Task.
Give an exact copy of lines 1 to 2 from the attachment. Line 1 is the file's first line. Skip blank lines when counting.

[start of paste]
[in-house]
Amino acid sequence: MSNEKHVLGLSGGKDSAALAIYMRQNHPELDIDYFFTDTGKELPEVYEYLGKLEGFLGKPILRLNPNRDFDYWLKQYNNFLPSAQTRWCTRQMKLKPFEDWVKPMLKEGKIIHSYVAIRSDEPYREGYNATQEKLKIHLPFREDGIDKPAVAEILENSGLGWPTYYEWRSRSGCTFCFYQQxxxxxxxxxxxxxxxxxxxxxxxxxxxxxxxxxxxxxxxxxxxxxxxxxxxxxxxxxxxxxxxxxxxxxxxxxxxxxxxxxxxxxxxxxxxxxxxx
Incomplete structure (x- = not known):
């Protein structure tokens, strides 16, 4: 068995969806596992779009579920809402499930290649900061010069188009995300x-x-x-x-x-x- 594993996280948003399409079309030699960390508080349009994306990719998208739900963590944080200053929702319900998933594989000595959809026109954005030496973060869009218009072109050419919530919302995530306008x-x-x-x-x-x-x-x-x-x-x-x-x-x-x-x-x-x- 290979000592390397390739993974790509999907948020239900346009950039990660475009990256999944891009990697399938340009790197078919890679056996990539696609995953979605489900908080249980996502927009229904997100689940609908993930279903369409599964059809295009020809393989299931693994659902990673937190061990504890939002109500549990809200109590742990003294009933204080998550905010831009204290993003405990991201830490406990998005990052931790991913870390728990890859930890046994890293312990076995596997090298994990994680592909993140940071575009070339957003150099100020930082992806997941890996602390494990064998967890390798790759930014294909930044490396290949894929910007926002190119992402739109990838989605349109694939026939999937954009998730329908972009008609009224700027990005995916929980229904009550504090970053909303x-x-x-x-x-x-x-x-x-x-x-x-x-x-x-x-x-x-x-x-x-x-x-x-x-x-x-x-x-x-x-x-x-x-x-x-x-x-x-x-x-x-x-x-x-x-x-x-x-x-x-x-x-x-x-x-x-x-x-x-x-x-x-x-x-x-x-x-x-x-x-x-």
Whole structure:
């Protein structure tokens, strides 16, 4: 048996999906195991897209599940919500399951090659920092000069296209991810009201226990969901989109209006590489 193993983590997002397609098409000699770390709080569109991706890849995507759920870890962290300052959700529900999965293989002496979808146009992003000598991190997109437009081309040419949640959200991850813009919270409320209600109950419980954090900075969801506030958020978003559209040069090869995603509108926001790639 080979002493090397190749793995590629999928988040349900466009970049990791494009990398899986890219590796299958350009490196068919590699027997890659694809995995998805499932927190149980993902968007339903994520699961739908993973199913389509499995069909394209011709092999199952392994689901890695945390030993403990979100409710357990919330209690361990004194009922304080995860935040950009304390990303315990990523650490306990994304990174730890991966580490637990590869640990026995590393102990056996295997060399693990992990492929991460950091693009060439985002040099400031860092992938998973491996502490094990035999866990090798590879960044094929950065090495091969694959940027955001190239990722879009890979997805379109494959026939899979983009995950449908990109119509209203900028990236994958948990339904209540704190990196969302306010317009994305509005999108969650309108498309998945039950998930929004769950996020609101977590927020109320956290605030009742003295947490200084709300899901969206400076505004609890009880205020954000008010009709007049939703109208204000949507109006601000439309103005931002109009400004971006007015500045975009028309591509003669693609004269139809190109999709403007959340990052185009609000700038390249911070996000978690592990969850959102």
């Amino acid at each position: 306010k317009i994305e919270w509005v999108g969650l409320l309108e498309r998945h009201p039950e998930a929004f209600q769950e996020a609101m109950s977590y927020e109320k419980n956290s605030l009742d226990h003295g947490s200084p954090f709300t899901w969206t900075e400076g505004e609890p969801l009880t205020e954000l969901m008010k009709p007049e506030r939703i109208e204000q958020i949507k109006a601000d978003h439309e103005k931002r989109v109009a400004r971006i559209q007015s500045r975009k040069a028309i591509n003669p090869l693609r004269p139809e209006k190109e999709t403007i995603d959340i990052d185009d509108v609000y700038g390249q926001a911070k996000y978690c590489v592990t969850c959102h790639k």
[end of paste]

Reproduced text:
[in-house]
Amino acid sequence: MSNEKHVLGLSGGKDSAALAIYMRQNHPELDIDYFFTDTGKELPEVYEYLGKLEGFLGKPILRLNPNRDFDYWLKQYNNFLPSAQTRWCTRQMKLKPFEDWVKPMLKEGKIIHSYVAIRSDEPYREGYNATQEKLKIHLPFREDGIDKPAVAEILENSGLGWPTYYEWRSRSGCTFCFYQQxxxxxxxxxxxxxxxxxxxxxxxxxxxxxxxxxxxxxxxxxxxxxxxxxxxxxxxxxxxxxxxxxxxxxxxxxxxxxxxxxxxxxxxxxxxxxxxx